The idea of Barbie came about when a woman named Ruth Handler was watching her daughter play with dolls. In the 1950’s, girls of all ages only had paper or cardboard dolls to play with and preferred to play with cut outs of teenagers and adult dolls. So, Ruth Handler thought to make The Teenage Fashion Doll for older girls, as a three dimensional doll, called Barbie, named after her daughter Barbara (Heppermann 2010). However, Mrs. Handler met resistance when she went to her husband with the idea, and he didn’t think her idea would work out. When they travelled to Germany, she found a doll called Bild Lilli. This doll was a strong-minded individual that would use all at her disposal to get what she wanted. Bild Lilli was adult-bodied; which represented exactly what Handler had in mind for Barbie. In 1959, Barbie made her debut at the American International Toy Fair. This was the start of a new revolution, as far as dolls were concerned because for the first time, dolls did not only consist of paper and cardboard dolls, but also a more realistic, three dimensional doll that resembles what girls would want to be like, and can physically hold. But, like many toys, Barbie’s fame was not without its challenges.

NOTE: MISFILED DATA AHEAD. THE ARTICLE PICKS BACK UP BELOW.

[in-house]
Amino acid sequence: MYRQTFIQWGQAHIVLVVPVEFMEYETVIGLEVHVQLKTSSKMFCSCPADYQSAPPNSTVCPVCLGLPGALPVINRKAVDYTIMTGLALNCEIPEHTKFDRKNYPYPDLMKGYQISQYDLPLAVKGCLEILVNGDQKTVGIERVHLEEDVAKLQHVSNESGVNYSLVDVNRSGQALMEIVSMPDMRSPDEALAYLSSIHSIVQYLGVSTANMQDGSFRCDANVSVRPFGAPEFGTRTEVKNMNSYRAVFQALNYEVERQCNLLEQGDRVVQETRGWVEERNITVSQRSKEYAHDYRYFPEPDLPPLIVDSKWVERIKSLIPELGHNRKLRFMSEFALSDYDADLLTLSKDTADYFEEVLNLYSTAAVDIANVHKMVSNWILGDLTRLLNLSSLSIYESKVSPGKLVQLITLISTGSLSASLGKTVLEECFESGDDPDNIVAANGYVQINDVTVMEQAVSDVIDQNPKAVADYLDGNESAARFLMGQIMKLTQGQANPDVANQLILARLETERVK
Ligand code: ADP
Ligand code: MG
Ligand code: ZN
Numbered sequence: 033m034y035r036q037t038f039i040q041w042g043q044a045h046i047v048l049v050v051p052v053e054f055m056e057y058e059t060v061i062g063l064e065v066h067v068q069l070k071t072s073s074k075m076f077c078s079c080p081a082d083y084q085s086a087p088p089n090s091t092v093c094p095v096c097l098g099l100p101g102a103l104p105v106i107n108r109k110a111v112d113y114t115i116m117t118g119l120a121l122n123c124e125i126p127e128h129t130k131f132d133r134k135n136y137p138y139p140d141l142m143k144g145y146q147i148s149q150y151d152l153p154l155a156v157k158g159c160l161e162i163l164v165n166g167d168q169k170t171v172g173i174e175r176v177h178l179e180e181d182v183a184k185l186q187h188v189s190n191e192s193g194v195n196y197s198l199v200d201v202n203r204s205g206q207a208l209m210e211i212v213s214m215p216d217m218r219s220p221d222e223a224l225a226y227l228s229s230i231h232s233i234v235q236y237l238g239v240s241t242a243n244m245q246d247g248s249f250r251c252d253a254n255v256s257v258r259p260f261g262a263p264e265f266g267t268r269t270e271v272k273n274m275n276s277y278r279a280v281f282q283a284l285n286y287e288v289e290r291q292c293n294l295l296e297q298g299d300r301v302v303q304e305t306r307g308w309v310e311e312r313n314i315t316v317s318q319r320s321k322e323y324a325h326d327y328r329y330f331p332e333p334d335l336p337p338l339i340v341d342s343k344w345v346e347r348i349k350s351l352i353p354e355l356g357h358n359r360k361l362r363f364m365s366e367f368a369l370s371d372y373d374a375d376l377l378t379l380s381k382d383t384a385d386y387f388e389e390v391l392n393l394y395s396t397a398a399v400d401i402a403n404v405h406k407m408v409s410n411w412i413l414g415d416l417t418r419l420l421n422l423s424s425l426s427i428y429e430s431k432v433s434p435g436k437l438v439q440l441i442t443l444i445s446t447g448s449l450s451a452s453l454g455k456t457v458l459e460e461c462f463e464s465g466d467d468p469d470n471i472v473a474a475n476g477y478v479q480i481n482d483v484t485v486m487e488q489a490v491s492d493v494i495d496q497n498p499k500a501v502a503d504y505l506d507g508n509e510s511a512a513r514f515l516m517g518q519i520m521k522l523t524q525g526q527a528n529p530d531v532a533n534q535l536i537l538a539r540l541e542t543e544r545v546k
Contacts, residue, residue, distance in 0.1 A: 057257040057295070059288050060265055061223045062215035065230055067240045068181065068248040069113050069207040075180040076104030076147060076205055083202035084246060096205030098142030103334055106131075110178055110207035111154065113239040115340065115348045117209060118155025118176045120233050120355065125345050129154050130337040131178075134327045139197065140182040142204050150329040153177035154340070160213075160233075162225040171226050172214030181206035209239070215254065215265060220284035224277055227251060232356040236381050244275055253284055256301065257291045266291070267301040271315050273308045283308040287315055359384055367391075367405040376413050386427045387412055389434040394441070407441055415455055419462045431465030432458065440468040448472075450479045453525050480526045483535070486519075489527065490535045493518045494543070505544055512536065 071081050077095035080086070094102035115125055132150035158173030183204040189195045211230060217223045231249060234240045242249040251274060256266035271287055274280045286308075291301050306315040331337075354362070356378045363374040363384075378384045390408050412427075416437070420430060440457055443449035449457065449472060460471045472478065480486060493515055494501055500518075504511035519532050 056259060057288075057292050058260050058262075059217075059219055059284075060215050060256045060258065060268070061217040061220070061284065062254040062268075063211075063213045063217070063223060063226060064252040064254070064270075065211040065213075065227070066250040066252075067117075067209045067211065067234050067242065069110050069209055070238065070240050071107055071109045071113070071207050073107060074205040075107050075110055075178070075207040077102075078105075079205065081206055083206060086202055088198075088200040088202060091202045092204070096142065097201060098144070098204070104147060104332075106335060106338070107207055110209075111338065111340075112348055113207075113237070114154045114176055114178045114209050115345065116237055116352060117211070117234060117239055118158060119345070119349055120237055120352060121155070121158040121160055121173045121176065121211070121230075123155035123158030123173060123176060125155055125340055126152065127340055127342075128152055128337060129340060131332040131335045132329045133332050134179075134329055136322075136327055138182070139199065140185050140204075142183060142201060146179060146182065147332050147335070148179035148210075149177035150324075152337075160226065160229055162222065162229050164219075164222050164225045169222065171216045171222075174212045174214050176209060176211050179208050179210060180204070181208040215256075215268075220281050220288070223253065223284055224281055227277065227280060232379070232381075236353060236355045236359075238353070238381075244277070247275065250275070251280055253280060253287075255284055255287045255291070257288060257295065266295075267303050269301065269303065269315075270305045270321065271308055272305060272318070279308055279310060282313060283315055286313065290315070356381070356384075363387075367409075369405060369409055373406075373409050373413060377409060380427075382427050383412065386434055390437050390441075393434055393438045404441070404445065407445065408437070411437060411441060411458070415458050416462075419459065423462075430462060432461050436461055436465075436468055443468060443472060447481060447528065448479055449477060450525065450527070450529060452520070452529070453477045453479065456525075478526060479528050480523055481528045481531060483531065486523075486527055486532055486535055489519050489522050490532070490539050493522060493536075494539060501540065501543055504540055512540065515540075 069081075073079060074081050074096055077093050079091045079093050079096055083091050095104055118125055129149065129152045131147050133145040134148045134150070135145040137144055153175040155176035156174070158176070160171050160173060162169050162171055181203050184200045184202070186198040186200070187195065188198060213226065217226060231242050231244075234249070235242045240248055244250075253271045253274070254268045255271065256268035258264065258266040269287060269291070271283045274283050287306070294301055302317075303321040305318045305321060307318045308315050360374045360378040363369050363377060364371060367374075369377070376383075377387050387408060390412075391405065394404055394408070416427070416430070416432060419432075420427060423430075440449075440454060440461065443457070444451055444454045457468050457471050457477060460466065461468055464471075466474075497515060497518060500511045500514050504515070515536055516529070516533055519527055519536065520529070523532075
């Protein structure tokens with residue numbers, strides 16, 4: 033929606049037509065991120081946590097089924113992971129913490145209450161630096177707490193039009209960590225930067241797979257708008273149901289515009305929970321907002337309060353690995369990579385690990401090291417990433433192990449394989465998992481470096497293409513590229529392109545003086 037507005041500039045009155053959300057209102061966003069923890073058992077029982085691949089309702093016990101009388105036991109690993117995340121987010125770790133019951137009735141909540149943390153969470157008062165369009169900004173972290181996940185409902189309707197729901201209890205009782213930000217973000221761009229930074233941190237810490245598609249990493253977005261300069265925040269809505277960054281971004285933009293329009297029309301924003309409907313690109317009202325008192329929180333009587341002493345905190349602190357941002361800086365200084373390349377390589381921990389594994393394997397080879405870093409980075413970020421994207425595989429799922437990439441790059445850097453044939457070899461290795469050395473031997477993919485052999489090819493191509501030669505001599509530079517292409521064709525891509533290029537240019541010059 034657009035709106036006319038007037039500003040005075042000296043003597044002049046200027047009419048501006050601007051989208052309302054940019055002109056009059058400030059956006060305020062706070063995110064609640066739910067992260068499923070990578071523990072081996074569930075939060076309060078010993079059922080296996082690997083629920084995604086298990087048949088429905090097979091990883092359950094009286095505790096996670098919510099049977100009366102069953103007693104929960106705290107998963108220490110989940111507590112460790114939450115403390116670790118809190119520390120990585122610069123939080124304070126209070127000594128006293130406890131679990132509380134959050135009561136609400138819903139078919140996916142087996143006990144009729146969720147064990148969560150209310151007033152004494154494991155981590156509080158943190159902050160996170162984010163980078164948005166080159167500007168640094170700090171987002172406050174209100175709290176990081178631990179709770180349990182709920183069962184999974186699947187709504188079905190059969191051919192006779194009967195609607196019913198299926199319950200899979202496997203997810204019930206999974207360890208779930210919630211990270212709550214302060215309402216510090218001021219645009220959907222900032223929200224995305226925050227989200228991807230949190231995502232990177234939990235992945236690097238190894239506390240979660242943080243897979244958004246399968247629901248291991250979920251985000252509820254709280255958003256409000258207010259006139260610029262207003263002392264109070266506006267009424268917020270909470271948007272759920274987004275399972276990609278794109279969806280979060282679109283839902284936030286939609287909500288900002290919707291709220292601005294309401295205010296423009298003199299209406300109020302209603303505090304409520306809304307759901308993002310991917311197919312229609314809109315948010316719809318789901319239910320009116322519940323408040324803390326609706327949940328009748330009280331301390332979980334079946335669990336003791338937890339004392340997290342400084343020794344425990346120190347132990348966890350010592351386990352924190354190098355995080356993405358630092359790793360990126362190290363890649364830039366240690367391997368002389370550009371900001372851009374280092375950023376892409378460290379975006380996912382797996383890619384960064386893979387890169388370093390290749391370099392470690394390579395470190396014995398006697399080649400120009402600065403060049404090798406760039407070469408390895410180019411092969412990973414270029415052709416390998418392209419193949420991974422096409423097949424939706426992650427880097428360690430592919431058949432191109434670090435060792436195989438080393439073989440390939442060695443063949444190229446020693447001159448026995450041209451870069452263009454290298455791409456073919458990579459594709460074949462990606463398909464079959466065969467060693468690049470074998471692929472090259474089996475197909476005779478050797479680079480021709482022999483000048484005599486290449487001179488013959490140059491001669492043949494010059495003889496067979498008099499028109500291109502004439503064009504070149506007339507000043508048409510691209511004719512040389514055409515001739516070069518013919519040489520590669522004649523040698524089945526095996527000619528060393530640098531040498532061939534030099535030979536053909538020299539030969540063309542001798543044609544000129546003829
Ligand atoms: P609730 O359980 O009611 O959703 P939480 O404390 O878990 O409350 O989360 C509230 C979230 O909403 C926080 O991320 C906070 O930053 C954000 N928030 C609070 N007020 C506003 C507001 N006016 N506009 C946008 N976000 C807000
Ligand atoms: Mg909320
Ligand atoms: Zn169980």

Barbie, an American icon that was a product of the Mattel Company, revolutionized the lives of young girls and women for many decades. The creation of Barbie, meant for many young girls the opportunity to have choices during a time when women were limited. Although, Barbie has long been criticized for being associated with domesticity and her appearance among many other things, she is nonetheless an iconic figure in American History. As a female who grew up playing with Barbie dolls, for many people like myself, she was more than a toy, she was an influence that many woman have tried to emulate because she was an innovate figure in the 1960s and has continued to be well into today. The intention of this paper is to examine what were the intentions of Barbie doll creator Ruth Handler when the doll debuted in 1959 as well as the magnitude of Barbie’s impact on women and women’s history.